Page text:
COPD clinical trial of mitiperstat now recruiting adults in Oklahoma
Care Access study site among nearly 20 across US, over 100 globally
A Phase 2a clinical trial of AstraZeneca’s experimental therapy mitiperstat is now recruiting adults with moderate to severe chronic obstructive pulmonary disease (COPD) at a study site in Choctaw, Oklahoma.
The Care Access research site is among nearly 20 study centers in the U.S., located across 11 states, for the CRESCENDO trial (NCT05492877) — which overall will involve more than 100 trial sites globally. Some of the sites are not yet recruiting. The Choctaw site is the only one in the state of Oklahoma.
CRESCENDO will enroll up to 406 people with COPD, ages 40 to 80, who have a history of smoking and are at high risk of experiencing exacerbations, or flare-ups of symptoms, despite standard treatment for the chronic disease.
Those interested in learning more about the trial and seeing if they fill the criteria of CRESCENDO or other COPD studies, can visit Case Access’ COPD site.
“We recognize the urgent need to provide better treatment options for individuals living with COPD,” Cary Carpenter, MD, the Care Access lead investigator of the trial’s Choctaw site, said in a company press release. “Our community now has the opportunity to contribute to this crucial research effort, potentially changing the way we approach COPD care.”
COPD clinical trial will test mitiperstat’s ability to prevent disease flares
COPD occurs when a person’s airways gradually become inflamed and damaged, making it, over time, harder to breathe. Patients also may experience periods when symptoms get suddenly worse, known as flare-ups, which reduce quality of life and increase the risk of death.
Treatment for the inflammatory disease typically involves a combination of an inhaled long-acting muscarinic antagonist, or LAMA, and an inhaled long-acting beta-agonist, called LABA, or the LAMA-LABA combo with an inhaled corticosteroid.
LAMAs and LABAs are bronchodilators, a type of medication that relaxes and widens the airways. For their part, corticosteroids have anti-inflammatory and immunosuppressive properties. However, approved medications for COPD often fall short in preventing flare-ups.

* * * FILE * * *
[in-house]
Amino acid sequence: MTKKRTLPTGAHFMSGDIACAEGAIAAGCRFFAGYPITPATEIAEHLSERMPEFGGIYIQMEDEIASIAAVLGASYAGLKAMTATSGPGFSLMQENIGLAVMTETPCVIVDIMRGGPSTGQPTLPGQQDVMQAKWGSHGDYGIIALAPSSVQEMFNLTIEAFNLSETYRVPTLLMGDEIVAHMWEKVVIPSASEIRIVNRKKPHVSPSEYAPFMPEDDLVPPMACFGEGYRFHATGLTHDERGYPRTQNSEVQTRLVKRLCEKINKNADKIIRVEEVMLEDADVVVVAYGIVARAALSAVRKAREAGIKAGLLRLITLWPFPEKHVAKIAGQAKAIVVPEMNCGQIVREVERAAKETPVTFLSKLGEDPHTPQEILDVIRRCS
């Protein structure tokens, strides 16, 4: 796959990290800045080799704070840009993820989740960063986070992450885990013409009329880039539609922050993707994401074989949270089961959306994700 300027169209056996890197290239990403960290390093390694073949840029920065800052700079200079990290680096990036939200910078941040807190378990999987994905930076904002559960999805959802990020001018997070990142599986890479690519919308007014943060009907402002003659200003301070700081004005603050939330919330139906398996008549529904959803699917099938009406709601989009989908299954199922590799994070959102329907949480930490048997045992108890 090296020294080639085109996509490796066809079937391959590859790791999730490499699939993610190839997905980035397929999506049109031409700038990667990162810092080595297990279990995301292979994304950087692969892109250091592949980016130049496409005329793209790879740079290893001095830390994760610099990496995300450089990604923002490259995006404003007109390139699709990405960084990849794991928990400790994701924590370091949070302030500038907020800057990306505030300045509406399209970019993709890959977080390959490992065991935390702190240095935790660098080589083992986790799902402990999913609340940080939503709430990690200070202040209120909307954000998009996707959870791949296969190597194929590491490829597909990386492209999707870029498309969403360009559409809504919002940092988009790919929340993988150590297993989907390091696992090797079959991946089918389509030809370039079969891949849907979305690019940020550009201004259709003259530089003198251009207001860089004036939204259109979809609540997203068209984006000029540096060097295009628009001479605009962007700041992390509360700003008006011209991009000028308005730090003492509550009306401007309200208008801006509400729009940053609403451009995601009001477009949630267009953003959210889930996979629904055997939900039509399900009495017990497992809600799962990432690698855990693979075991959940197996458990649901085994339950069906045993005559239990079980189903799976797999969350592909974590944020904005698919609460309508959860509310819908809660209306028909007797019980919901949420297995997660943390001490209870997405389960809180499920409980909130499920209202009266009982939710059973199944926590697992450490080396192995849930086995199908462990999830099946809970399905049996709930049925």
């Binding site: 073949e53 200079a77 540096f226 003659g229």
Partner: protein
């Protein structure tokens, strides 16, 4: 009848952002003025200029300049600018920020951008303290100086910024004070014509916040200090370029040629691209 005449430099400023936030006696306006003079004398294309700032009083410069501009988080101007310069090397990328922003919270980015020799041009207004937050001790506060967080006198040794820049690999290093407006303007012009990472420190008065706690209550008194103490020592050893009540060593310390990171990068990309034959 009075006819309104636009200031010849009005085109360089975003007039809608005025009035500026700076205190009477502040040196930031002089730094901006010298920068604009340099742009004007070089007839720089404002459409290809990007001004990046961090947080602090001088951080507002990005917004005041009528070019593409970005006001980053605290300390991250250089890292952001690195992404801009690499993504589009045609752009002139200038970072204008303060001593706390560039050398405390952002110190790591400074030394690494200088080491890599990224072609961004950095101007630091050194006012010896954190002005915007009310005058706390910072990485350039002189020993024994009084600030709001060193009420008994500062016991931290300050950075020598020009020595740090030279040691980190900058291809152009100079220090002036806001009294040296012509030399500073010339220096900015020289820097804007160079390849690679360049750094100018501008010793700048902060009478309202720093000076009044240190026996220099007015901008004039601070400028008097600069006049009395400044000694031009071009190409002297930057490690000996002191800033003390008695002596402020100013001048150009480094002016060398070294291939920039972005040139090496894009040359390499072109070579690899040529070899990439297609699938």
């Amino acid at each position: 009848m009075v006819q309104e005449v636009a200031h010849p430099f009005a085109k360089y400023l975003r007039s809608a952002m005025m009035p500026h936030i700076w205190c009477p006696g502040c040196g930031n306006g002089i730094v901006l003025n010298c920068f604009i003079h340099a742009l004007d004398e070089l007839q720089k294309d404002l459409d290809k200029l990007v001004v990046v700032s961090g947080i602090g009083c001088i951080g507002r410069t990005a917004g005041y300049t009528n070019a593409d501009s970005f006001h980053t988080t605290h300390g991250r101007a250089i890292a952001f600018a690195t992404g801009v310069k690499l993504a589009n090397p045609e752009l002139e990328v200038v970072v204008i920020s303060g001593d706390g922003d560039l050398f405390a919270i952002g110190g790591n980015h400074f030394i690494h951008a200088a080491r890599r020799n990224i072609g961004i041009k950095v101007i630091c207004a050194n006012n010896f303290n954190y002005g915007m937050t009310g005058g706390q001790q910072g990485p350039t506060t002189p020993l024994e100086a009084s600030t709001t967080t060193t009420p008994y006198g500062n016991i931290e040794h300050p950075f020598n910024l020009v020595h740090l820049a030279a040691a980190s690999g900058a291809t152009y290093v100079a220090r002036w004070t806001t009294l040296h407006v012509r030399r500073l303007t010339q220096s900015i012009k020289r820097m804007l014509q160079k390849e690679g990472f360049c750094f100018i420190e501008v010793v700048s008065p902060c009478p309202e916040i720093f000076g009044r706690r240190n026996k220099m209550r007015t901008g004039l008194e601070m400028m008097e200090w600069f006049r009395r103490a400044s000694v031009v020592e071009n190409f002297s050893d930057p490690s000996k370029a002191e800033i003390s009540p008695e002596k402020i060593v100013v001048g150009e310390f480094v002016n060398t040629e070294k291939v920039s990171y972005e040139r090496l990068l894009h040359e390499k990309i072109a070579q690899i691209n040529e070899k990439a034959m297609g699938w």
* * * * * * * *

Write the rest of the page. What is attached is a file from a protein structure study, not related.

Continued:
Mitiperstat, also known as AZD4831, is a small molecule designed to selectively suppress myeloperoxidase, or MPO, which is a protein found in a type of immune cells called neutrophils. In COPD, lung neutrophils home in to the inflamed airways, where they release MPO and other proteins that contribute to lasting inflammation.
A previous Phase 1 clinical trial (NCT03136991) tested mitiperstat in healthy volunteers. The only relevant side effect at doses from 5 to 45 mg was a generalized skin rash in four of the 13 participants given the two highest doses.
The goal of CRESCENDO is to evaluate how safe mitiperstat is against a placebo in people with COPD. The study also will test how well it works to reduce the frequency of flare-ups and to ease symptoms of COPD. It also will evaluate mitiperstat’s pharmacokinetics, or how the therapy moves into, through, and out of the body.
Multiple trial sites will be located in Florida, North Carolina, and Missouri. In addition to Oklahoma, the states of California, Illinois, Michigan, New York, Ohio, South Carolina, and Texas will each host one study center.
Participants are randomly assigned to receive either mitiperstat or a placebo once daily, orally, for 24 weeks or about six months. The researchers will watch for changes in the time to a first event in a composite measure of exacerbations, called CompEx, that includes clinically relevant deteriorations (diary events) and severe exacerbations.
Secondary measures will include changes in forced expiratory volume in the first second (FEV1), a measure of lung function, following a dose of bronchodilator medication, and patient-reported measures of symptom severity and duration.
CRESCENDO is slated to be completed by the end of the year.
Mitiperstat also is under clinical development for certain types of fatty liver disease and heart failure.